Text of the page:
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Rising star: A career in HR via the Navy

As the basis for a profession in human resources, few careers offices would suggest the Navy as an obvious starting point.

And that wasn’t the career ladder Gill Banham laid out when, at 17 years and 20 days, she became the youngest woman to join the Wrens.

“It was something I had wanted to do since the age of 11,” she says. “I applied at the first opportunity but didn’t expect to get in so quickly.”

Banham spent six years in the Navy. Training centred on leadership and motivation, and it was those people skills that she decided to exploit when she left.

Her big break came with a Cambridgeshire printing firm as pa to the HR director. The company, Domino Printing Sciences, encouraged her to do a diploma in training management as she was promoted to training officer and, after the HR manager left, a masters degree in HR management.

“Sometimes in life you have an element of luck where your career aspirations and those of the company you are working for match,” Banham says. “But you need to be willing to take a risk and go the extra mile to make the most of it. And you should look for the support from people you admire and respect to become your mentor.”

Via two years as group HR manager at Bell Language School, Banham was appointed group HR director at Jardine Motor Group in 1996.

Traditionally, HR managers have been seen as personnel managers; people who listen to employees’ problems and offer tea and sympathy. But the position is increasingly becoming a key job function.

At Jardine, Banham has responsibility for strategy and implementation of HR policies, management training and development, customer services, and health and safety. She is at the hub of the business.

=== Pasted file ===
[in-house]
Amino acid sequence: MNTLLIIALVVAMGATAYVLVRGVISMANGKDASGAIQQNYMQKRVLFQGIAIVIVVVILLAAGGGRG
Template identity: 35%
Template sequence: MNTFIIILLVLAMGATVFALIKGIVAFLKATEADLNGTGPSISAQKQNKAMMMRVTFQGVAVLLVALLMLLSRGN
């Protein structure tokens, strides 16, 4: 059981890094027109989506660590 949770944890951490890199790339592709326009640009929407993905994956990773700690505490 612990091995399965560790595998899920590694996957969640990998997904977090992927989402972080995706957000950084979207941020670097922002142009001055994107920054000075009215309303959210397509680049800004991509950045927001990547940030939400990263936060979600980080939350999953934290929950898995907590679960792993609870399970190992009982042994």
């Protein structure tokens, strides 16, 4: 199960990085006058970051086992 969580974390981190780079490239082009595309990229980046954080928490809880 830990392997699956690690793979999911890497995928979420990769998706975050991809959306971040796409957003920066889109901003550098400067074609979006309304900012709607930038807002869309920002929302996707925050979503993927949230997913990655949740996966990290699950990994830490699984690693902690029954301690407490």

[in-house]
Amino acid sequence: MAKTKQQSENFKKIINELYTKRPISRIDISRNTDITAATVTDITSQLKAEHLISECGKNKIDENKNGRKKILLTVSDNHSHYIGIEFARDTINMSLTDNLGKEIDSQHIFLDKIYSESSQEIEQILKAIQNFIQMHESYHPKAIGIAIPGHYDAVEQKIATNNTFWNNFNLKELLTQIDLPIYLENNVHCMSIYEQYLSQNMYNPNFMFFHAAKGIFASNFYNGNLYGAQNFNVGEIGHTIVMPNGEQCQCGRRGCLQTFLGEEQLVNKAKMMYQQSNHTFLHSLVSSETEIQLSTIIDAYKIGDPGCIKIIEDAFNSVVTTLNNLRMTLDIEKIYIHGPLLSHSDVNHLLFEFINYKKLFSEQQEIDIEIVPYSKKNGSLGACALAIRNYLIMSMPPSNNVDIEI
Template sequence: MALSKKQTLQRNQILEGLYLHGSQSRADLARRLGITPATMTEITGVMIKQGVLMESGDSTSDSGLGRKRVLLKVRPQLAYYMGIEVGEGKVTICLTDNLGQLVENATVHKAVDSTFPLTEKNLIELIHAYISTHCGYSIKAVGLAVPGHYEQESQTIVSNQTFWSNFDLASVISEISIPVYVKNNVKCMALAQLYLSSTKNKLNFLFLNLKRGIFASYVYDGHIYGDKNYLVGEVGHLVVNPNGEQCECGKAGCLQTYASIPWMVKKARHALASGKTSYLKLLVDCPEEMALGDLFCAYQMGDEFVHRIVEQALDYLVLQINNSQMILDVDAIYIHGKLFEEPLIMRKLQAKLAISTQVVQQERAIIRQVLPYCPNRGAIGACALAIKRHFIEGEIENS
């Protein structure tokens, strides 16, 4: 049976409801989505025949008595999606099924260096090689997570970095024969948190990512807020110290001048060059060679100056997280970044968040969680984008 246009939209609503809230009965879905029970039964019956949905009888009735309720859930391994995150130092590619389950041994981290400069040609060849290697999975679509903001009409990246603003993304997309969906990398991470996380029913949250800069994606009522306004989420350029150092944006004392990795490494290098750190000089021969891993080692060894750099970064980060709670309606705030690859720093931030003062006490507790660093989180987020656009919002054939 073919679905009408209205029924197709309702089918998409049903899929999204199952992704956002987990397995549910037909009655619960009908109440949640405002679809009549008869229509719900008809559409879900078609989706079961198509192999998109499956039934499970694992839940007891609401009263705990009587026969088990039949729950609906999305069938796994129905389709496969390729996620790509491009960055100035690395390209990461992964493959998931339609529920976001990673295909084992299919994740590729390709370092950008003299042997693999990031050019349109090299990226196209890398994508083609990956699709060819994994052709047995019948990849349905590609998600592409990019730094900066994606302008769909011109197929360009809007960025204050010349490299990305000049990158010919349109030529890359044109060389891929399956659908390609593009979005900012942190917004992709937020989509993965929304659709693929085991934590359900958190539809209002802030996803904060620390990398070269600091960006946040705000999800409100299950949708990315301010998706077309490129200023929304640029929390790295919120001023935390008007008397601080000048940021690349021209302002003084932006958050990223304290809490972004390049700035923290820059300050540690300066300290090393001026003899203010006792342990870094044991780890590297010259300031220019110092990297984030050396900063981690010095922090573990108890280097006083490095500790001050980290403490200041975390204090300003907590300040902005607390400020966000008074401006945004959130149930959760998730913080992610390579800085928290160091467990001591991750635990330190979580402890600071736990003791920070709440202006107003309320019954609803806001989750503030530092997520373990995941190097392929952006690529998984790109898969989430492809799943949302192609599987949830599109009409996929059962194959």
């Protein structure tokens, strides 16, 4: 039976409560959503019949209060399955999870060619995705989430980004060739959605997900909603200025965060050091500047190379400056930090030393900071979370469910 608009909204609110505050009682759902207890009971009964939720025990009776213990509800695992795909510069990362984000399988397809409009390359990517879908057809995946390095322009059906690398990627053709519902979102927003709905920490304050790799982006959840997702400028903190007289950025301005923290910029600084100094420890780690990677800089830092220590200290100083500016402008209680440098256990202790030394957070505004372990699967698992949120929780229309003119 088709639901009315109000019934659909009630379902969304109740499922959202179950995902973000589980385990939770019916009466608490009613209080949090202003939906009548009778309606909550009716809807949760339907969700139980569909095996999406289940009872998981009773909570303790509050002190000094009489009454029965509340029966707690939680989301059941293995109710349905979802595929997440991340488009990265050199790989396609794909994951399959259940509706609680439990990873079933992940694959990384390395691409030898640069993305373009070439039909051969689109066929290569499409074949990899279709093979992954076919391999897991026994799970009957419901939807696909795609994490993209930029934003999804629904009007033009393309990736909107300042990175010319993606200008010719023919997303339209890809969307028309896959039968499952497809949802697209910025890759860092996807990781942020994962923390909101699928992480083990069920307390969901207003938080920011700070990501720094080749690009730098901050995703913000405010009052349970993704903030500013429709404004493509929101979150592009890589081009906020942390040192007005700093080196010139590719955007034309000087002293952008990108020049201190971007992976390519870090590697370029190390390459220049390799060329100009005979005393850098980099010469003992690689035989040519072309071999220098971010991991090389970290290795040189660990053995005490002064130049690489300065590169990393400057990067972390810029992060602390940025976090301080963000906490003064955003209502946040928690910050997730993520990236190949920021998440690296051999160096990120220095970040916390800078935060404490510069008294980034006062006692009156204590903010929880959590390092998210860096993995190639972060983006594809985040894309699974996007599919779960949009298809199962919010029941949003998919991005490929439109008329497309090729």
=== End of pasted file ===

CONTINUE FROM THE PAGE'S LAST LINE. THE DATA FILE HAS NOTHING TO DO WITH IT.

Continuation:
“HR gives you the opportunity to influence every area of the business. You get involved with recruiting people in all departments. And you have to give them the skills to do the job, especially when they are promoted into a management position.”

Prospective Rising Stars will need to display ‘JOLIP’ qualities – judgement, ownership, leadership, integrity and passion. Banham will also be looking for examples of HR managers’ involvement in the business.

“I will be looking to see what they have done to learn and understand their company; how much time they have spent visiting different departments, sitting in on meetings and understanding how managers make an impact on the business,” she says.

“An HR manager needs to have credibility. To do that, they have to take a big interest in every part of the business to understand the issues.”

Rising stars HR judge and Jardine group HR director Gill Banham #AM_ART_SPLIT# How to enter Rising Stars

Three finalists from four core industry sectors – retail (car sales and repairs), manufacturer, fleet/leasing and industry supplier – will be identified in six categories: marketing, HR, sales, general management, finance and PR.

To qualify, you must be under 40 and submit the following by June 23:

  • A summary of your career to date
  • A brief outline of your current role, business challenge and key priorities
  • Three key achievements

    Winners will be announced at an exclusive dinner on September 12.

    Complete the form on the website (

    Our Partner

    Courland Automotive Practice is the only resourcing firm dedicated to the global automotive industry.

    With unrivalled knowledge of all automotive sectors, Courland has a reputation for high quality executive search, interim management and consulting services.


    The judges

    Jon Olsen, BCA chief executive
    Sponsored by Capital Bank Motor

    Nigel Stead, Lloyds TSB Autolease
    Sponsored by Rockingham

    Paul Willcox, Nissan Europe
    Sponsored by Google

    Graham Biggs, Rolls-Royce Motor Cars
    Sponsored by pf & pr communications

    Sir Peter Vardy
    Sponsored by PricewaterHouseCoopers

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